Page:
Welcome to the Mostly Sunny 2013 Monolid Trilogy! I get asked monolid-related questions very often, and I keep promising I’ll do a new tutorial. Since there is a lot I’d like to share, I decided to divide it into three parts. In the first part, I will talk about what you might need. In the second part, eyeshadow placement. In the third part, eyeliner and mascara. I hope this series will be helpful for those who aren’t too sure how to work with monolids. If you have more questions, you are always welcome to leave a comment, drop me an email, or tweet me!
Monolid is a common term for an eyelid that does not have a prominent crease. However, this is a grand generalization. There is a large variety of eye shapes within the group, and let’s not forget about personal preferences! The best I can do is showing you how I work with my own monolids, and sharing tips I think might be helpful.
Here you see all the tools we are going to use in the next two parts. In terms of eyelash curlers, I have tried both Shiseido and Shu Uemura. There was a bit more of a learning curve with Shu Uemura, but once I got past that, I actually like it more. It is sturdy, and it gets all of my eyelashes in one go (including the ones around the inner corners that I had previously thought nothing would ever get). Mascara curlers are very personal, but I would encourage you not to get a random cheap one. I made that mistake once and ended up losing some lashes… It could have been worse though. In short, safety first. Find an eyelash curler that is well-constructed and fits your eyes more easily than others!
In terms of brushes, I would suggest you begin with a paddle brush (like MAC 239) to lay the color down, a blending brush (for example MAC 217) to blend everything into a smooth gradient, and a pencil brush (MAC 219). As you will see, a pencil brush is very useful for smudging eyeshadow onto the lower lash line, as well as highlighting the inner corners!
If you use gel liner, a good eyeliner brush is indispensable. There are many different shapes out there, and my personal favorite is Bobbi Brown Ultra Fine Eyeliner Brush (on the left). Of course what you’re used to plays an important role here, but if you haven’t found a brush you love, this is something you should try. I often lay it down horizontally and drag it across my lids. It is so much easier than slowly building the line up. I personally find it riskier than just going ahead with some courage of conviction. Bdellium Tools 760 is another one you can consider. It is easier to create a sharp wing with this one.
I know the primer talk might appear very basic for many, but I have got quite some questions along the line of “everything smudges on me. What do I do?” Well, have you tried a primer? I can’t exaggerate the importance of eyeshadow primers, particularly if you want your eye makeup to look vibrant and last all day! I have tried NARS Smudgeproof Eyeshadow Base and Urban Decay Primer Potion. Both work well enough on me. If you have oilier lids, UPDD might be a better bet. In all honesty, I prefer the tube packaging as well. There are many more primers on the market. I’d like to think everyone can find a good one!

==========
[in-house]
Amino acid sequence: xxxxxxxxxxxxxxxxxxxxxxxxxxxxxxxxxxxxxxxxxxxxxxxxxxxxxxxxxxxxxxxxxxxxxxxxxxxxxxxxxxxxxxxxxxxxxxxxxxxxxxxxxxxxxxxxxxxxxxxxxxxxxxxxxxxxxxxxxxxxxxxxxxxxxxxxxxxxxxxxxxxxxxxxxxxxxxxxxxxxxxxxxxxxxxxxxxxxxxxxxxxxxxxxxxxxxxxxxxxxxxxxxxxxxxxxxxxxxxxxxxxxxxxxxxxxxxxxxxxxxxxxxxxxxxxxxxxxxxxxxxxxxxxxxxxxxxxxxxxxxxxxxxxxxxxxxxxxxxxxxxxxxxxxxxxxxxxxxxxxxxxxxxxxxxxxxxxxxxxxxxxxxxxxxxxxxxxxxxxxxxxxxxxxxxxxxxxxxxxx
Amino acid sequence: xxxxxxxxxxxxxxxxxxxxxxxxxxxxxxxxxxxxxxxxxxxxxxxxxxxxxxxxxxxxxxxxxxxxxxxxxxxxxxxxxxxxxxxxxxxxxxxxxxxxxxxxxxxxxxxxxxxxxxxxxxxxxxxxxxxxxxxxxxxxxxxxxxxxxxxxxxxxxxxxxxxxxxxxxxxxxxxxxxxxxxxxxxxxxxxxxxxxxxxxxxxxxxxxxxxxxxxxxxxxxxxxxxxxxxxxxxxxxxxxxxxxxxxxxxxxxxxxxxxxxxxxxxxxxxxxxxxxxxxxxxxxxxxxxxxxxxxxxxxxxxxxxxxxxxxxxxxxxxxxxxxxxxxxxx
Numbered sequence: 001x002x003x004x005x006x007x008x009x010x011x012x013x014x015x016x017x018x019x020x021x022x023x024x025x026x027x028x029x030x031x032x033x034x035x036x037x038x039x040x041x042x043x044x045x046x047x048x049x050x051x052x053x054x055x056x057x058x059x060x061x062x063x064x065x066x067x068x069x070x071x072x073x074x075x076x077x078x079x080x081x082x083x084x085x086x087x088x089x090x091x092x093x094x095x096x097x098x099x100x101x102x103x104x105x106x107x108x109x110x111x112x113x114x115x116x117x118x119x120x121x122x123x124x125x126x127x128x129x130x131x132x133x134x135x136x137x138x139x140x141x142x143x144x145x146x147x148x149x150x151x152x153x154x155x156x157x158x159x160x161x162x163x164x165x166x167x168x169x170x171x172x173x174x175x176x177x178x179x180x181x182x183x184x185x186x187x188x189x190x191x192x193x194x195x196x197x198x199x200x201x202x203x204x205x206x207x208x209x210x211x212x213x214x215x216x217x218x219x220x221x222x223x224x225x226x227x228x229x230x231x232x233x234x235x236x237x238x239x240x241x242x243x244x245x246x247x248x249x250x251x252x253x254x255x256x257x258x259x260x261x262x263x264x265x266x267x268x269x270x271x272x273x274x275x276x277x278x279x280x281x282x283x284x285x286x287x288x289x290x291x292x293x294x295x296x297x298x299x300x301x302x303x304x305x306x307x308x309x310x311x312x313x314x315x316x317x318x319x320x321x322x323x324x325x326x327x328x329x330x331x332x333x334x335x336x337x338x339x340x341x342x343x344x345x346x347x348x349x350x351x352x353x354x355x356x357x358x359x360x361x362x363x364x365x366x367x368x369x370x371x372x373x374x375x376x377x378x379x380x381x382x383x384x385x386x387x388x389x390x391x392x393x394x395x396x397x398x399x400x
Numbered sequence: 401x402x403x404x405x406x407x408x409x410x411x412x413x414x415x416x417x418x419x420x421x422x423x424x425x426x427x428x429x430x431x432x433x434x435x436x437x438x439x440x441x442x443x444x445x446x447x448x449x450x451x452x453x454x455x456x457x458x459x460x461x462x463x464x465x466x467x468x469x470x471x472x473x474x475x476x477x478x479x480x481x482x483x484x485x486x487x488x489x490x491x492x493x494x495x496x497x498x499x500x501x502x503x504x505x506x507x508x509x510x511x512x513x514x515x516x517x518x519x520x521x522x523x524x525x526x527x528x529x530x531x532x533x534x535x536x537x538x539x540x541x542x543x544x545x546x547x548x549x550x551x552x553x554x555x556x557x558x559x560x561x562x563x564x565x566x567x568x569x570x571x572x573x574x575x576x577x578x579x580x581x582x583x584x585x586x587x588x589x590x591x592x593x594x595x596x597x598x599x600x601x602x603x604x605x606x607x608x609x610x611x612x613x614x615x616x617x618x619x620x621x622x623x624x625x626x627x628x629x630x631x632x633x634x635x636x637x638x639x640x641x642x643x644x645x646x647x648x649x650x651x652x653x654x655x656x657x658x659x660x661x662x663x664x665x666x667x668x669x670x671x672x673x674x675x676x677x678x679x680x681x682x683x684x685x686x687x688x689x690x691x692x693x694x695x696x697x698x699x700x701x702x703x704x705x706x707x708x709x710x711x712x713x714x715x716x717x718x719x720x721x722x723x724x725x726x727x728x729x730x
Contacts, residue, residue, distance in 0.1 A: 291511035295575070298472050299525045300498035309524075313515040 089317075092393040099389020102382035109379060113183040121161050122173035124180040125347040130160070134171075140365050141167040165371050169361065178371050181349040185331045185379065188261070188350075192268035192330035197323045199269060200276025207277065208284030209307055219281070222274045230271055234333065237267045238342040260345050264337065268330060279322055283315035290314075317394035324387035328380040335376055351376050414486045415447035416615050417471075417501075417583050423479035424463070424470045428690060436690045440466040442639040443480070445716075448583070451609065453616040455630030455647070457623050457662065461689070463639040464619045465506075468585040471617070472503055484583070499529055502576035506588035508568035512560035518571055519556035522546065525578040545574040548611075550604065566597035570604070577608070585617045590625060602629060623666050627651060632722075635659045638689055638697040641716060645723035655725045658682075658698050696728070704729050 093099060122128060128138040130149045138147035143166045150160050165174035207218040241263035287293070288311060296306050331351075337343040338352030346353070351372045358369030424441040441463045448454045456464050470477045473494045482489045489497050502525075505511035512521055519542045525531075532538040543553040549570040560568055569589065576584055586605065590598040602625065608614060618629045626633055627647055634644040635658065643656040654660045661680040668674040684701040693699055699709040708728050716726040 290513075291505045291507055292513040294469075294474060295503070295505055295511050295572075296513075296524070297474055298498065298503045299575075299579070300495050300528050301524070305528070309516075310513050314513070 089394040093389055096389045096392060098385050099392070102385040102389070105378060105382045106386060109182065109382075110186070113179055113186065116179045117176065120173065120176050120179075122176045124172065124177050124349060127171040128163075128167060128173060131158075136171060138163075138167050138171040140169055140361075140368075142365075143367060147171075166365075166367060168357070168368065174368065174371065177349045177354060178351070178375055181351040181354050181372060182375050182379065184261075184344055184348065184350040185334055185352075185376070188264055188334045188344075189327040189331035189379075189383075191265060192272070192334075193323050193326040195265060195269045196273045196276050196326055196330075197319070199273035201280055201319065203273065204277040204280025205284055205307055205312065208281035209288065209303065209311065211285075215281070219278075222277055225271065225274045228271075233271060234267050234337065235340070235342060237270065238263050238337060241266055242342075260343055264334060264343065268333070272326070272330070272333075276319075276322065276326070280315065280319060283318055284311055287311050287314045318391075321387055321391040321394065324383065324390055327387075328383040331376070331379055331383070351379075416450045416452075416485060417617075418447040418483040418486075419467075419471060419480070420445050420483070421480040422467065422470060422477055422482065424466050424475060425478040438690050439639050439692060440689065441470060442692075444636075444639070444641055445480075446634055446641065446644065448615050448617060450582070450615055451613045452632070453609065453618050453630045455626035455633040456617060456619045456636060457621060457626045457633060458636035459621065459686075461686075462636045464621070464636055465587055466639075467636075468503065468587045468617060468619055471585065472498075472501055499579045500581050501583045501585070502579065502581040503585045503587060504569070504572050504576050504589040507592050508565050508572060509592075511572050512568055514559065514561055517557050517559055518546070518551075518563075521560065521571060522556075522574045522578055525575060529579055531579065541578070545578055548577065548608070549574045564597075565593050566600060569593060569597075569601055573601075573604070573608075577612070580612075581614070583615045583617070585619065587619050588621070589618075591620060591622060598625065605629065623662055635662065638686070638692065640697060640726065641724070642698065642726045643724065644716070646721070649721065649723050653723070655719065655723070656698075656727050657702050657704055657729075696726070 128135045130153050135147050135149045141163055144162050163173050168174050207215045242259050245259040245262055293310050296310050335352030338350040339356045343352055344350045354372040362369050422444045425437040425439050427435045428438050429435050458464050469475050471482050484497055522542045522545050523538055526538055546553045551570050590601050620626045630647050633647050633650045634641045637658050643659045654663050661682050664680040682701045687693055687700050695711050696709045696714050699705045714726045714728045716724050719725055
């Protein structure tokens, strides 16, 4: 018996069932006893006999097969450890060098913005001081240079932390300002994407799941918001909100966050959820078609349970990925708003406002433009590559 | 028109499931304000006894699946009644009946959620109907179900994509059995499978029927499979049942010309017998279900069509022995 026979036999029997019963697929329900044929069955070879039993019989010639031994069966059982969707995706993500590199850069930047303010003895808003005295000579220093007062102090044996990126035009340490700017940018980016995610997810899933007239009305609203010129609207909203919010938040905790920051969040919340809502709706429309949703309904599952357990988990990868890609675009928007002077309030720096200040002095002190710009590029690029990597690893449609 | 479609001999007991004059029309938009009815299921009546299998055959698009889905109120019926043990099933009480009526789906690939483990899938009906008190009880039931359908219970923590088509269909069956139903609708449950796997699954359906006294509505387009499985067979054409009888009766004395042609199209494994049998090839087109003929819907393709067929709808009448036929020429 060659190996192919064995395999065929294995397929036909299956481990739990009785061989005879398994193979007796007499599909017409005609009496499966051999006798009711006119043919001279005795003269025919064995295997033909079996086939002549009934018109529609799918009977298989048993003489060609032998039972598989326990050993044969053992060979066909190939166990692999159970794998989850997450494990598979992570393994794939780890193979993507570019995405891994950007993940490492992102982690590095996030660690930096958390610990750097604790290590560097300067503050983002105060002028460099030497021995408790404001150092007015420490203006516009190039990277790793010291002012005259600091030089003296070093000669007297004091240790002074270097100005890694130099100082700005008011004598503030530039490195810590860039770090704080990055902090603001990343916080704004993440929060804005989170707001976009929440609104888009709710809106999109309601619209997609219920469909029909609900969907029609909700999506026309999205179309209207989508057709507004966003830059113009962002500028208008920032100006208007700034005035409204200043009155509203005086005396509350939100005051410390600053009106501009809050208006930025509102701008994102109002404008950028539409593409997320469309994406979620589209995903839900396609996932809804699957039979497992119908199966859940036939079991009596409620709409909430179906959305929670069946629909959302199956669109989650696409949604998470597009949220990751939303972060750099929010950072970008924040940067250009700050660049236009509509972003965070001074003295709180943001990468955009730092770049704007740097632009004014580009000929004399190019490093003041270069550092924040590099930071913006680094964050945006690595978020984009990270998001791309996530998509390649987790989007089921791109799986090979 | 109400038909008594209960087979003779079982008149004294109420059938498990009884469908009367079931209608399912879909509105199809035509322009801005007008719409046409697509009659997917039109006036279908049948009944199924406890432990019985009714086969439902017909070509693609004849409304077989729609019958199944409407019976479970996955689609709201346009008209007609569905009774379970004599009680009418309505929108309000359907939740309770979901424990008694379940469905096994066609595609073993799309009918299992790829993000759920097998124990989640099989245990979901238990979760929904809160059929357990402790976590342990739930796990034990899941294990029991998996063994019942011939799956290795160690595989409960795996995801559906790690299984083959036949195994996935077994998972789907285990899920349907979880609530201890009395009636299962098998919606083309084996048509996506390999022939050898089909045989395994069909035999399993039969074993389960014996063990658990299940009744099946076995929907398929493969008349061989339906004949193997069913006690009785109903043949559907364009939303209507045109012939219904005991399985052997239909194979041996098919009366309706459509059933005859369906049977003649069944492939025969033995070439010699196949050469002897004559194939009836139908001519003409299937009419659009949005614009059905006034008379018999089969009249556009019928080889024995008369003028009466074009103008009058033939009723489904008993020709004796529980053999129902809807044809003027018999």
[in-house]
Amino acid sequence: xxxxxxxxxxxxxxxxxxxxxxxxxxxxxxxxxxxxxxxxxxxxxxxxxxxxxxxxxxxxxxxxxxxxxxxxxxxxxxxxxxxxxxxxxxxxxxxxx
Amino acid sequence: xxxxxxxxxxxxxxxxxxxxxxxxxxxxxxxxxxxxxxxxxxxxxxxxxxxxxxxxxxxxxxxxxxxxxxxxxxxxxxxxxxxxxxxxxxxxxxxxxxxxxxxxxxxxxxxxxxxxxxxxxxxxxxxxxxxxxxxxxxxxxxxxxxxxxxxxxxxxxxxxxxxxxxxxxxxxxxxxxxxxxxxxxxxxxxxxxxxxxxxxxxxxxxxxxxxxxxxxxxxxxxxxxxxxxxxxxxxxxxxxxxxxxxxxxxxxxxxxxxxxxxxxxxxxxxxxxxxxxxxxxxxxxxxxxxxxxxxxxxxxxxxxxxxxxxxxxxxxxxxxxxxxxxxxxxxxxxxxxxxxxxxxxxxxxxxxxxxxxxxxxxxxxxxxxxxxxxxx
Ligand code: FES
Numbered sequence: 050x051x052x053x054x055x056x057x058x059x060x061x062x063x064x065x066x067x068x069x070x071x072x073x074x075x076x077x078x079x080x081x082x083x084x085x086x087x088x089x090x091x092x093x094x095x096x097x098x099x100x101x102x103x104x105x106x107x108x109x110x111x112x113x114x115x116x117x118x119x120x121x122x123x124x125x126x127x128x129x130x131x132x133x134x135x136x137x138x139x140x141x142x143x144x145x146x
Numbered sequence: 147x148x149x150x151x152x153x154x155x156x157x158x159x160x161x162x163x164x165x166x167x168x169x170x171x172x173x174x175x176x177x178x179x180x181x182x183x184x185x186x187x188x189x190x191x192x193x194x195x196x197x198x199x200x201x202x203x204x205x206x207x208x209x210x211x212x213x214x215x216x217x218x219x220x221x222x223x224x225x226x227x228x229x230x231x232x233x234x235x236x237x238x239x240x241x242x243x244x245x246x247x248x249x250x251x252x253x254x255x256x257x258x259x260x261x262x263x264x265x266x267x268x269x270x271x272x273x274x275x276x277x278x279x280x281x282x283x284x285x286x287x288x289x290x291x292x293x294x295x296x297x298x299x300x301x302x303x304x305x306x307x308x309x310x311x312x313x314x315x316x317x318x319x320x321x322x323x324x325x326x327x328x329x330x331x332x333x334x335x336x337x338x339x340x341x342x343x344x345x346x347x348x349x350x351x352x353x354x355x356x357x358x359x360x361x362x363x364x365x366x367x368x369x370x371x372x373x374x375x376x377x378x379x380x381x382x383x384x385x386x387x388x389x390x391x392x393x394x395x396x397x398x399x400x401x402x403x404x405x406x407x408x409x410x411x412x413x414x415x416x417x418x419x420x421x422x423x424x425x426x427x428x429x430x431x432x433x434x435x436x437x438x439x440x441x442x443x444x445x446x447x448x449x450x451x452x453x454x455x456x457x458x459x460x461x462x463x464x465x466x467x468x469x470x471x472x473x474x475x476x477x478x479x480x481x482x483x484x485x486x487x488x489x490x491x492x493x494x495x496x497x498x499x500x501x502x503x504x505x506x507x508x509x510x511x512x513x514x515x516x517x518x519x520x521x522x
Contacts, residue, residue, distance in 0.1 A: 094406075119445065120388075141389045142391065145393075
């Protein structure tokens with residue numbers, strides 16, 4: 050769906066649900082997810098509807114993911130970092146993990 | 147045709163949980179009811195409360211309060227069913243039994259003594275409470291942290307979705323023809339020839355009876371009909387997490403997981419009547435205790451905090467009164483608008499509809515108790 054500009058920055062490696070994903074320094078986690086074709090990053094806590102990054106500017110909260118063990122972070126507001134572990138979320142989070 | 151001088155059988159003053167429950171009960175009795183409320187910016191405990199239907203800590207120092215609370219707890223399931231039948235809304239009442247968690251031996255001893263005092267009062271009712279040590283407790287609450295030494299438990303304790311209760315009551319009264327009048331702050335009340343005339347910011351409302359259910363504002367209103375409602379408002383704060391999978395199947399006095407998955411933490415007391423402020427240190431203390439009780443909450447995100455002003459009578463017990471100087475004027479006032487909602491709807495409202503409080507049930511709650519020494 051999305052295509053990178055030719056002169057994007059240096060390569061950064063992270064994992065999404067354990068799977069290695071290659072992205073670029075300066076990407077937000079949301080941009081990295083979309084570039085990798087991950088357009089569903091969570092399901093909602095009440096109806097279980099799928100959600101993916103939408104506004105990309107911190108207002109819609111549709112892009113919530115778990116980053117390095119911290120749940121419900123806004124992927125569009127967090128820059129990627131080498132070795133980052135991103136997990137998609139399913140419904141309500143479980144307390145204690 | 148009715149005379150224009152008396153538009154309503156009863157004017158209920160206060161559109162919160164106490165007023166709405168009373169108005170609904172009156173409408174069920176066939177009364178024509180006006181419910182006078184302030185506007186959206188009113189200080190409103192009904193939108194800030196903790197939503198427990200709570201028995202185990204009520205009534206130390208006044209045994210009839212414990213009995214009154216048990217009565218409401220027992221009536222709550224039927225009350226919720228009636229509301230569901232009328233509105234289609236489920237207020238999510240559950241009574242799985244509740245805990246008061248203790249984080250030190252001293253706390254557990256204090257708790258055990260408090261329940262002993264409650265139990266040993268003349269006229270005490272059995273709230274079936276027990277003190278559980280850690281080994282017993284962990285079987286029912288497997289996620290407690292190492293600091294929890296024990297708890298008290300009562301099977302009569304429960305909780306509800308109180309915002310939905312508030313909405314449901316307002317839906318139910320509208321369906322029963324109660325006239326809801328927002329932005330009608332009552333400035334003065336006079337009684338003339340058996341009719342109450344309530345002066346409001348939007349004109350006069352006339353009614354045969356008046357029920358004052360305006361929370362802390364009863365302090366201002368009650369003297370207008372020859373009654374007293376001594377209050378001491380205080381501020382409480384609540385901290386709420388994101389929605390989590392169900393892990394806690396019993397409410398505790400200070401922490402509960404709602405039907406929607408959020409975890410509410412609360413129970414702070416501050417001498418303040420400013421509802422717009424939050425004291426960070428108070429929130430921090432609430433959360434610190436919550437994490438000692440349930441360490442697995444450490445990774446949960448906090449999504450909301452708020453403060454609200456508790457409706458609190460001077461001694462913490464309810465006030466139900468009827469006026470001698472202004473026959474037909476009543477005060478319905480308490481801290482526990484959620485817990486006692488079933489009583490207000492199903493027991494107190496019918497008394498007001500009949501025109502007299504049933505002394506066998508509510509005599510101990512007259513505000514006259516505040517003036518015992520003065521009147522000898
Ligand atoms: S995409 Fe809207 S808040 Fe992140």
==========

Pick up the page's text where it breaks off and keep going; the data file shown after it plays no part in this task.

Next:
What if primer alone wouldn’t hold everything in place all day? Have you tried cream shadows and stick shadows? I used to be skeptical about anything holding up on my lids, but some formulas do last all day without any help! What’s more, it gives the look more depth and dimension. That’s always a bonus!
When it comes to eyeshadows, I’d say whatever floats your boat! Be it a big palette, a trio, a neutral shade or a bright pop or color, sky is the limit!
Eyeliner is another big topic. Should I go for liquid, gel, or pencil eyeliners? In general, I gathered that most have better luck with gel liners. Some liquid liners can also go the distance. I personally prefer to keep pencil liners to my lower lash line. They are available in a big range of colors. If you want to experiment with colors, I find the lower lash line the best place to start!
Last but not least, let’s pump those lashes up! Lash primer is something else I would encourage everyone to try. My go-to is Diorshow Maximizer Lash Plumping Serum, but there are many other on the market nowadays! I used to think only waterproof mascaras will hold curls. However, as it turned out, as long as a formula isn’t too wet, you’re probably good to go! it could take some experiments before you find your dream mascara. The good news is a lot of drugstore mascaras are excellent, so it really doesn’t have to break the bank! If you know how to put on false eyelashes, you are already heaps and bounds ahead of me! I have tried a couple of times and found wearing them fun, but I never practiced enough to be able to wear them every day.
Now that we have gone through all the tools you might need, there is something I have to say. The message I received growing up in Taiwan is a crease is infinitely more desirable. Even last year when I went shopping with a monolidded friend in Taipei, we were informed by a sales assistant from a large international cosmetics brand that “it is so much easier to work with double lids.” I didn’t find out until much later that many with monolids also feel they are somehow stuck with their monolids in different parts of the world, but apparently that is the case.
Monolid, like everything else, is simply a feature. As long as you figure out what makeup (this includes no makeup whatsoever) makes you happy, that’s all it counts. You don’t “have” to wing your eyeliner out/highlight your inner corners/define your crease because you have a certain eye shape. You do it because you think that’s how you look your best, and that’s what makes you feel beautiful!
Now, are you ready to have some fun with your monolids?
Sunny, your beauty culture translator xx